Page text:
What better way to kick off the return of StoryFest than with an abundance of Girly Drinks! Participants are invited to celebrate the (East Coast) launch of Mallory O’Meara’s highly anticipated book about the history of women and alcohol. Mallory sits down with Megan Rosenbloom, author of the bestselling book, Dark Archives: A Librarian’s Investigation into the Science and History of Books Bound in Human Skin.
Join us for a special virtual presentation, complete with a signature drink brought to you by SoNo 1420!
From the earliest days of civilization, alcohol has been at the center of social rituals and cultures worldwide. With smart insight and boundless curiosity, Girly Drinks unveils the untold history of the female distillers, drinkers, and brewers who have played a vital role in the creation and consumption of alcohol, from ancient Sumerian beer makers to Russian bootlegging grandmothers. Filling a crucial gap in culinary history, O’Meara dismantles the long-standing patriarchal traditions at the heart of these very drinking cultures, in the hope that readers everywhere can look to each celebrated woman in this book.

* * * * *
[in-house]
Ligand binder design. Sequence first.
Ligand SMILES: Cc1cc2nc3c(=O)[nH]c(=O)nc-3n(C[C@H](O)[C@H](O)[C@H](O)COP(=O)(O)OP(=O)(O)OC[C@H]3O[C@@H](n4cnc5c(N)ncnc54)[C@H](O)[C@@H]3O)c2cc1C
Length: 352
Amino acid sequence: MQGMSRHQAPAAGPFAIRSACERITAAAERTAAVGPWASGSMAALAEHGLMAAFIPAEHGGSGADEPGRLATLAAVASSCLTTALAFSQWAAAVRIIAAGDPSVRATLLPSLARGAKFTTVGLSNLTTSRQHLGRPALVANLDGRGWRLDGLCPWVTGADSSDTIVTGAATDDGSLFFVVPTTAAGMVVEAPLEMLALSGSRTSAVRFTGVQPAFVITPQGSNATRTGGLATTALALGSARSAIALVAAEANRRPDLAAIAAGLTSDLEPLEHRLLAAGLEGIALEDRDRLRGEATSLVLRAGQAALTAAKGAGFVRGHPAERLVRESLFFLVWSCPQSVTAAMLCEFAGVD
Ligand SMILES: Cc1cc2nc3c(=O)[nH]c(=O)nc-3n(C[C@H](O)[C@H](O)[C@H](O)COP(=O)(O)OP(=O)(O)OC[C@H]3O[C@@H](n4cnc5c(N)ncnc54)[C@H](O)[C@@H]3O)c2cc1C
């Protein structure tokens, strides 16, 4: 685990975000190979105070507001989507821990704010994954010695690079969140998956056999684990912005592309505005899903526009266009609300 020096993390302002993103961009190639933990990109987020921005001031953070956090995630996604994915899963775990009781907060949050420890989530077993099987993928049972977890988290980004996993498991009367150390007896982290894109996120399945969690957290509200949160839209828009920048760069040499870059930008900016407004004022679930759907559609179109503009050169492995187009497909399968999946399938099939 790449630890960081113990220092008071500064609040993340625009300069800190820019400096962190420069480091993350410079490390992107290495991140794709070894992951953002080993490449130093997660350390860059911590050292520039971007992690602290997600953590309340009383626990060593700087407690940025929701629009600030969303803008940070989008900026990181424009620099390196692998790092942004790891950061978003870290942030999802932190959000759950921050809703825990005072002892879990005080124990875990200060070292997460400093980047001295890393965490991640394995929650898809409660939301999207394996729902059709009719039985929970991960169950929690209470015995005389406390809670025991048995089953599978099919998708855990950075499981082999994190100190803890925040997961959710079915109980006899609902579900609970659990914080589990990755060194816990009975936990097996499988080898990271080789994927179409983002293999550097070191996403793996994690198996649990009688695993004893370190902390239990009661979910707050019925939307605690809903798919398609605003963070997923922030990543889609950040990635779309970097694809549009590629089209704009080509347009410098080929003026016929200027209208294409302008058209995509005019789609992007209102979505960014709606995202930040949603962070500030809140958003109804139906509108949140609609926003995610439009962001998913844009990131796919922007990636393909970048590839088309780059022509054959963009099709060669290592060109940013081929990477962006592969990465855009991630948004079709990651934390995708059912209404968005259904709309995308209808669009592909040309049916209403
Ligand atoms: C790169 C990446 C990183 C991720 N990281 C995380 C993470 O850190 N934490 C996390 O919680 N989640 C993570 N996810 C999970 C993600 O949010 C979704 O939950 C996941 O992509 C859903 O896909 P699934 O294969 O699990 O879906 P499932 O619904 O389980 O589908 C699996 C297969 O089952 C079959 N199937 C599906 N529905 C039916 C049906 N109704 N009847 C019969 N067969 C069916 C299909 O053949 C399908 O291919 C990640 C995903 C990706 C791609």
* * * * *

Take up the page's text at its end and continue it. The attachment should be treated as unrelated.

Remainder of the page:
Mallory O’Meara is an award winning and best-selling author and host of the literary podcast Reading Glasses. Her first book, The Lady From The Black Lagoon: Hollywood Monsters and the Lost Legacy of Milicent Patrick, is a Los Angeles Times bestseller. Her second book, Girly Drinks, the history of women making and drinking alcohol all over the world, will be published by Hanover Square Press/HarperCollins on October 19. She lives in Los Angeles.
Megan Rosenbloom is Collections Strategies Librarian at UCLA Library. She is the co-founder and director of Death Salon, the event arm of The Order of the Good Death, and a proponent of the Death Positive movement. She leads a research team called The Anthropodermic Book Project that aims to find the historic and scientific truths behind the world’s alleged books bound in human skin, or anthropodermic bibliopegy, and her bestselling debut book about this practice, titled Dark Archives: A Librarian’s Investigation into the Science and History of Books Bound in Human Skin, won the 2021 LAMPHHS Best Monograph Award. In a former life she was a journalist in Philadelphia and continues to write for both academic and non-academic publications.